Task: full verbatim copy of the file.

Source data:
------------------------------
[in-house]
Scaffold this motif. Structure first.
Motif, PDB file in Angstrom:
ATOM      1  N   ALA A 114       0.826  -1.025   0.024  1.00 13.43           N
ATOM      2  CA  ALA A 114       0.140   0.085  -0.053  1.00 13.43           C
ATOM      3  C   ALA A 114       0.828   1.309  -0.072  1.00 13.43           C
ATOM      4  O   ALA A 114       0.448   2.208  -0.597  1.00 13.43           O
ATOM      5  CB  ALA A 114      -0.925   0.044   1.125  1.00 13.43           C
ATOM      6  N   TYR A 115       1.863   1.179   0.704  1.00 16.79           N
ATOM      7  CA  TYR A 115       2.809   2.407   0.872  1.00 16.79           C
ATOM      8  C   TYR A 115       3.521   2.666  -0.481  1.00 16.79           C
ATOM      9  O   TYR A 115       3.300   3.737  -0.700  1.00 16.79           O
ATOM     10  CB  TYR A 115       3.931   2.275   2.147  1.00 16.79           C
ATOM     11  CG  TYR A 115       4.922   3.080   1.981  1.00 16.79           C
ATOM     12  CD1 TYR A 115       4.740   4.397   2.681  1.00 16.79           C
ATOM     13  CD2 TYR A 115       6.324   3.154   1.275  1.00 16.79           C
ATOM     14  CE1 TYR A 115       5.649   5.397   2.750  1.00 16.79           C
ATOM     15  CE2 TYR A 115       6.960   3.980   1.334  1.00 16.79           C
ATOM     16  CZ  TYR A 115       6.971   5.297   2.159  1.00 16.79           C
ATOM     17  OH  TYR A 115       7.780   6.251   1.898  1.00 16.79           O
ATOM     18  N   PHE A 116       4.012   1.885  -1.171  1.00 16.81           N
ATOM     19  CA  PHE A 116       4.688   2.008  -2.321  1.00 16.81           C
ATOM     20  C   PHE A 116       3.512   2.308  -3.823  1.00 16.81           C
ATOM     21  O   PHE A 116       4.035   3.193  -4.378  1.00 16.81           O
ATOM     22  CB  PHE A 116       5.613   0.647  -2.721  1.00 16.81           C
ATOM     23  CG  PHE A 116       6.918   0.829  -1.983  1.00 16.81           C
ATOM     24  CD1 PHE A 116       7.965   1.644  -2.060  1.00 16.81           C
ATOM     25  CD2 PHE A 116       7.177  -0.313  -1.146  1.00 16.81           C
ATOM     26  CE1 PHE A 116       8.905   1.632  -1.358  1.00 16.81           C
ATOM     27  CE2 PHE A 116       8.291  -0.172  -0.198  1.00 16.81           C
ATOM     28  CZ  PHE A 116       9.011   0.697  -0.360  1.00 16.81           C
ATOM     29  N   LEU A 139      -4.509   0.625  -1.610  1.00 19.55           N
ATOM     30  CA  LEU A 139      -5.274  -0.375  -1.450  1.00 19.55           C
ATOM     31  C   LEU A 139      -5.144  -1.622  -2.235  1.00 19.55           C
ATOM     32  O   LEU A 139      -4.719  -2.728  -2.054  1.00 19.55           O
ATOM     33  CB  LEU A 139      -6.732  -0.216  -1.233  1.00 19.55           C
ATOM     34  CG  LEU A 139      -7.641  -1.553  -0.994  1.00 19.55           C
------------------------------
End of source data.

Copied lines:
[in-house]
Scaffold this motif. Structure first.
Motif, PDB file in Angstrom:
ATOM      1  N   ALA A 114       0.826  -1.025   0.024  1.00 13.43           N
ATOM      2  CA  ALA A 114       0.140   0.085  -0.053  1.00 13.43           C
ATOM      3  C   ALA A 114       0.828   1.309  -0.072  1.00 13.43           C
ATOM      4  O   ALA A 114       0.448   2.208  -0.597  1.00 13.43           O
ATOM      5  CB  ALA A 114      -0.925   0.044   1.125  1.00 13.43           C
ATOM      6  N   TYR A 115       1.863   1.179   0.704  1.00 16.79           N
ATOM      7  CA  TYR A 115       2.809   2.407   0.872  1.00 16.79           C
ATOM      8  C   TYR A 115       3.521   2.666  -0.481  1.00 16.79           C
ATOM      9  O   TYR A 115       3.300   3.737  -0.700  1.00 16.79           O
ATOM     10  CB  TYR A 115       3.931   2.275   2.147  1.00 16.79           C
ATOM     11  CG  TYR A 115       4.922   3.080   1.981  1.00 16.79           C
ATOM     12  CD1 TYR A 115       4.740   4.397   2.681  1.00 16.79           C
ATOM     13  CD2 TYR A 115       6.324   3.154   1.275  1.00 16.79           C
ATOM     14  CE1 TYR A 115       5.649   5.397   2.750  1.00 16.79           C
ATOM     15  CE2 TYR A 115       6.960   3.980   1.334  1.00 16.79           C
ATOM     16  CZ  TYR A 115       6.971   5.297   2.159  1.00 16.79           C
ATOM     17  OH  TYR A 115       7.780   6.251   1.898  1.00 16.79           O
ATOM     18  N   PHE A 116       4.012   1.885  -1.171  1.00 16.81           N
ATOM     19  CA  PHE A 116       4.688   2.008  -2.321  1.00 16.81           C
ATOM     20  C   PHE A 116       3.512   2.308  -3.823  1.00 16.81           C
ATOM     21  O   PHE A 116       4.035   3.193  -4.378  1.00 16.81           O
ATOM     22  CB  PHE A 116       5.613   0.647  -2.721  1.00 16.81           C
ATOM     23  CG  PHE A 116       6.918   0.829  -1.983  1.00 16.81           C
ATOM     24  CD1 PHE A 116       7.965   1.644  -2.060  1.00 16.81           C
ATOM     25  CD2 PHE A 116       7.177  -0.313  -1.146  1.00 16.81           C
ATOM     26  CE1 PHE A 116       8.905   1.632  -1.358  1.00 16.81           C
ATOM     27  CE2 PHE A 116       8.291  -0.172  -0.198  1.00 16.81           C
ATOM     28  CZ  PHE A 116       9.011   0.697  -0.360  1.00 16.81           C
ATOM     29  N   LEU A 139      -4.509   0.625  -1.610  1.00 19.55           N
ATOM     30  CA  LEU A 139      -5.274  -0.375  -1.450  1.00 19.55           C
ATOM     31  C   LEU A 139      -5.144  -1.622  -2.235  1.00 19.55           C
ATOM     32  O   LEU A 139      -4.719  -2.728  -2.054  1.00 19.55           O
ATOM     33  CB  LEU A 139      -6.732  -0.216  -1.233  1.00 19.55           C
ATOM     34  CG  LEU A 139      -7.641  -1.553  -0.994  1.00 19.55           C